The iPhone 7 Plus is, of course, Apple’s large screen version of the iPhone. Unsurprisingly, it is in many ways identical, or at least very similar, to the lower cost and smaller iPhone 7. So rather than coming up with new words to say the same things, I’m only going to talk about the differences here, plus perhaps one or two more things that should be highlighted. Read everything else in the iPhone 7 review.
Difference number one is of course size. The iPhone 7 Plus is a touch thicker (up by 0.2mm to 7.3mm – see if you can tell the difference!), and a fair bit wider (10.8mm to 77.9mm) and longer (19.9mm to 158.2mm). And it weighs quite a bit more: 188 grams vs 138 grams.
That increase allows two significant differences: a larger screen and a larger battery. The other major difference is the rear camera.
The screen is up from 4.7 inches to 5.5 inches, and scores full HD resolution (1080 by 1920 pixels, versus 750 by 1334). Even with the greater real estate, the pixel density has increased from 326 to 401 pixels per inch.
More space means room for a bigger battery. Rather than the 1960mAh battery of the iPhone 7, the iPhone 7 Plus gets 2900mAh, a 48% increase. Apple suggests that this pushes up things like wireless audio playback from 40 to 60 hours, unsurprisingly a fifty percent increase. Official standby time has gone from 10 to 16 days. Talk time from 14 to 21 hours.
But a bigger screen uses more power. Wireless video playback time is officially 14 hours, slightly up on the 13 hours of the iPhone 7.
Finally, there’s the camera. Or cameras. The iPhone 7 Plus has the same 12 megapixel f/1.8 camera that’s in the iPhone 7, but has a second camera right next to it. Also with 12 megapixels, this offers a maximum f/2.8 aperture and can provide an optical zoom of 2x. Video up to 4K at 30 frames per second is available.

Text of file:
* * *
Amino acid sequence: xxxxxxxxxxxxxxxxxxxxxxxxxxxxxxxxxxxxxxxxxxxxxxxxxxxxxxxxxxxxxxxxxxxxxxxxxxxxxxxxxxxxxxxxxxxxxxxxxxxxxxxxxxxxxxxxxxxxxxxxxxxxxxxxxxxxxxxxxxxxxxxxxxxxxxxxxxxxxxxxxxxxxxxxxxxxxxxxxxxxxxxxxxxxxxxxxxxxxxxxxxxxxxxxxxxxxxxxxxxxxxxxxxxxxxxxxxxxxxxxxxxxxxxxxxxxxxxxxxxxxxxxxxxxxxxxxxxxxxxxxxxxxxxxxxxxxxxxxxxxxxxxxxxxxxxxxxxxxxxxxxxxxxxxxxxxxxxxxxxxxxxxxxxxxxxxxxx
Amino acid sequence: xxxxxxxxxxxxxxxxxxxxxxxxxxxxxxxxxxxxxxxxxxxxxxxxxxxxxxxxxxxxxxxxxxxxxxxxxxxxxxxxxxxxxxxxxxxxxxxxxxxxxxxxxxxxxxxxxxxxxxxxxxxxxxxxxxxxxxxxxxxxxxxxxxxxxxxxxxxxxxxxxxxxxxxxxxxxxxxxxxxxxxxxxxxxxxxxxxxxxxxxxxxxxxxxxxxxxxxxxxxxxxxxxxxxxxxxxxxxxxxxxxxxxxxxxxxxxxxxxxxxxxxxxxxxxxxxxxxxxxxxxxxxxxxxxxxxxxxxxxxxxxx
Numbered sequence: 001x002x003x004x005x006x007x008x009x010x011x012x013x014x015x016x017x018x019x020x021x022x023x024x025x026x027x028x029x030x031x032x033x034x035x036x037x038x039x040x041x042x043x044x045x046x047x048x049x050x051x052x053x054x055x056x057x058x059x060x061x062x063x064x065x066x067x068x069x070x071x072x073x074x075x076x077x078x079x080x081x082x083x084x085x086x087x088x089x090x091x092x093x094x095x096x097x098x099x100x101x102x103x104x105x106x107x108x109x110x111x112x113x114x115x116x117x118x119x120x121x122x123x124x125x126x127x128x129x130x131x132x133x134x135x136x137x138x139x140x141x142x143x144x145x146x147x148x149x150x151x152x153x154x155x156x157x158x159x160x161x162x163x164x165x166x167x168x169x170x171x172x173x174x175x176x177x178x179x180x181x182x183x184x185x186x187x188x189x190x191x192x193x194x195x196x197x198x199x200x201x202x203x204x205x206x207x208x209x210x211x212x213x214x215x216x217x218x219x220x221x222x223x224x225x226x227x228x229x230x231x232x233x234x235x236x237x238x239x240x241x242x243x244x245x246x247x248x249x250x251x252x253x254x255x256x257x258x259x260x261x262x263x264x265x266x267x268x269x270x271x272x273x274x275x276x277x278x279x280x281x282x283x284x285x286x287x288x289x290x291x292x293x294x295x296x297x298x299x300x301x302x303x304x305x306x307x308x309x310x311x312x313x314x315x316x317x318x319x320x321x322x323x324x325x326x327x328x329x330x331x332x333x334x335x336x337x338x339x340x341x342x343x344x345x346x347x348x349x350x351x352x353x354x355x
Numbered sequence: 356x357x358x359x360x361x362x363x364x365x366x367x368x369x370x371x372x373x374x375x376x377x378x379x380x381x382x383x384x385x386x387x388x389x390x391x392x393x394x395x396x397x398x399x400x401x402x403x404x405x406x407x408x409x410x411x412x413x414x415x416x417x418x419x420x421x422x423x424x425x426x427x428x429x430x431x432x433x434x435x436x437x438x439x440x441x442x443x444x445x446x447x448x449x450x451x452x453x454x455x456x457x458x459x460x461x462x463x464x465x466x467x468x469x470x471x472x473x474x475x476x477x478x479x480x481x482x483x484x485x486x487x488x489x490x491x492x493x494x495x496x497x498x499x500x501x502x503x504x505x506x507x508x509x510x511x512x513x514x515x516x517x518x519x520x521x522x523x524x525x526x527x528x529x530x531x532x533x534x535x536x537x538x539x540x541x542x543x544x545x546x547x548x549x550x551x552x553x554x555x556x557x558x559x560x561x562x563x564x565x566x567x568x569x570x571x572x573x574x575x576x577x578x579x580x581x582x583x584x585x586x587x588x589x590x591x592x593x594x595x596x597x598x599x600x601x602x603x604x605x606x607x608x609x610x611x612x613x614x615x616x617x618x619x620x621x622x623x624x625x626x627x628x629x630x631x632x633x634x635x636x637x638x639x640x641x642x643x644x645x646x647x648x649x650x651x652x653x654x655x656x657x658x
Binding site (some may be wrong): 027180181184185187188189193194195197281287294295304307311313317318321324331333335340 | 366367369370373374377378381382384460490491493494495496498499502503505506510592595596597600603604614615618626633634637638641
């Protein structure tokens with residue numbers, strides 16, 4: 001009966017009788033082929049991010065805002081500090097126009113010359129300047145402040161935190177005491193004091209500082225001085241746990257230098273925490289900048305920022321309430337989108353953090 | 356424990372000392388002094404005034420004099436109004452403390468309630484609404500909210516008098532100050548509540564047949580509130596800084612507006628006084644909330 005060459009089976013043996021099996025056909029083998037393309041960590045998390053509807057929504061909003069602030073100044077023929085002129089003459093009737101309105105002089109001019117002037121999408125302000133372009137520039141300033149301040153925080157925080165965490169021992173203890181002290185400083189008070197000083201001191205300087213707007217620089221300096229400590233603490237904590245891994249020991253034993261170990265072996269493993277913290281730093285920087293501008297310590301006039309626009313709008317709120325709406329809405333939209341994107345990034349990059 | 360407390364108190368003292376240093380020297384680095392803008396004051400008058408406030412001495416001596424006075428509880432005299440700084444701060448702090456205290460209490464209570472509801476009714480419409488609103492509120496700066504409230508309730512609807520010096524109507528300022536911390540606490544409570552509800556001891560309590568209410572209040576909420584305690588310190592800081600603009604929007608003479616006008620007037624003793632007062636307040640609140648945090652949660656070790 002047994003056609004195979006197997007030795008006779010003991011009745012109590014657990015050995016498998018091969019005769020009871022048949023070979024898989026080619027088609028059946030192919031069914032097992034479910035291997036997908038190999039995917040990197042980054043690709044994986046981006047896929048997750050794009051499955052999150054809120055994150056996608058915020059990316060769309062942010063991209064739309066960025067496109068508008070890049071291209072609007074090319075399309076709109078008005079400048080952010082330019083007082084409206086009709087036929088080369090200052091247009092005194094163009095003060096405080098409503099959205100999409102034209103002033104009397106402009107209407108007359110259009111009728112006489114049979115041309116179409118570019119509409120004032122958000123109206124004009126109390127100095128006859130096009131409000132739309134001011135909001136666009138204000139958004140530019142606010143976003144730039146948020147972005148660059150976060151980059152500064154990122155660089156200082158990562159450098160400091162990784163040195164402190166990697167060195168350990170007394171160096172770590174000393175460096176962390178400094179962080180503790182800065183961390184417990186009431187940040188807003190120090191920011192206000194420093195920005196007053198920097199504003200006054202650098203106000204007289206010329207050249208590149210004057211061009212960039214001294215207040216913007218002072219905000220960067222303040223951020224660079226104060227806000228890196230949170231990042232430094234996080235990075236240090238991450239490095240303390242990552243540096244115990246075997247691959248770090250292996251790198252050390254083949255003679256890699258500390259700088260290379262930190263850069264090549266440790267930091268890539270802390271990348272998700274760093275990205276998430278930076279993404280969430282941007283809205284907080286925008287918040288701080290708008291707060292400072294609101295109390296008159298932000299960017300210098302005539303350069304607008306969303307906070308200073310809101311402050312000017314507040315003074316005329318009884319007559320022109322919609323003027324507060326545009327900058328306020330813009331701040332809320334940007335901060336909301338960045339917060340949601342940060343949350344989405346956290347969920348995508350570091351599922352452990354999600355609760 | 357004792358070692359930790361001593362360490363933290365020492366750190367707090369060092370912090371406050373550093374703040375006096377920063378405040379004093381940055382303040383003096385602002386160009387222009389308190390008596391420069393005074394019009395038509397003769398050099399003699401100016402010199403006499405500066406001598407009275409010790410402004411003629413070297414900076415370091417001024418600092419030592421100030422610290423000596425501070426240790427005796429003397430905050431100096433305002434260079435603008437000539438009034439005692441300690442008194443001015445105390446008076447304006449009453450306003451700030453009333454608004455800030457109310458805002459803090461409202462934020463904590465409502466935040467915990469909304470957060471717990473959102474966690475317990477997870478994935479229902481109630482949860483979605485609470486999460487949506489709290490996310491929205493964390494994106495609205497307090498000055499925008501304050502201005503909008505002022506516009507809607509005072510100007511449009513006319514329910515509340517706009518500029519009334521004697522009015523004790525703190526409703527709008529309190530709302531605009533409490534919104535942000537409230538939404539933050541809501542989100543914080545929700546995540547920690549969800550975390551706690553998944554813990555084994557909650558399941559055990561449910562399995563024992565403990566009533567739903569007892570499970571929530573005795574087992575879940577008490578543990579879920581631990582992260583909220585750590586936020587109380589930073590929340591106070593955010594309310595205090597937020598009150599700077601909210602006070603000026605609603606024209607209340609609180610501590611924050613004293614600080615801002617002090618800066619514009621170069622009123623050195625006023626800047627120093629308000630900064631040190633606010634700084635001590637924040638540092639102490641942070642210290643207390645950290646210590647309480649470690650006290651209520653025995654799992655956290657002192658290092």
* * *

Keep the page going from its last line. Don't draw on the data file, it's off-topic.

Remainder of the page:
The phone is available with 32GB of storage ($1269), the review unit’s 128GB ($1419), and a massive 256GB ($1569). I’ll say it again, as I said for the iPhone 7: it’s a false economy to choose the 32GB version. Rustle up the extra $150 for the 128GB. That size will cover the majority of people’s needs, but if you’re a content creator, especially with video, and most especially with 4K video, perhaps it’s worth going to 256GB.
Overall the differences in use between the iPhone 7 and the iPhone 7 Plus weren’t enormous. The bigger screen was easier on the eyes, just in terms of things being a little bit bigger. In general use the phone was pretty much identical.
But there were differences. One small one was the fingerprint sensor/home button. This is not a real button, but when you apply a certain amount of pressure it imparts a small vibration to produce the feeling that you’re pressing an actual button that’s clicking. I remarked in the review of the iPhone 7 that “what it most felt like was as if the phone was creaking under the pressure”. But there wasn’t that sense with this phone. Different size? Different tuning to the effect. Different me in the month or two since I wrote that review? Who knows.
The battery life was seriously impressive. I know this not because I’m a heavy user, but because very little power was consumed during my light usage. Even though with iOS10 the phone frequently lights up the screen to show notifications, on a regular day (that would consume 50% of the battery on my Samsung Galaxy S6) the iOS battery meter would fall away by just 10%. Consistently.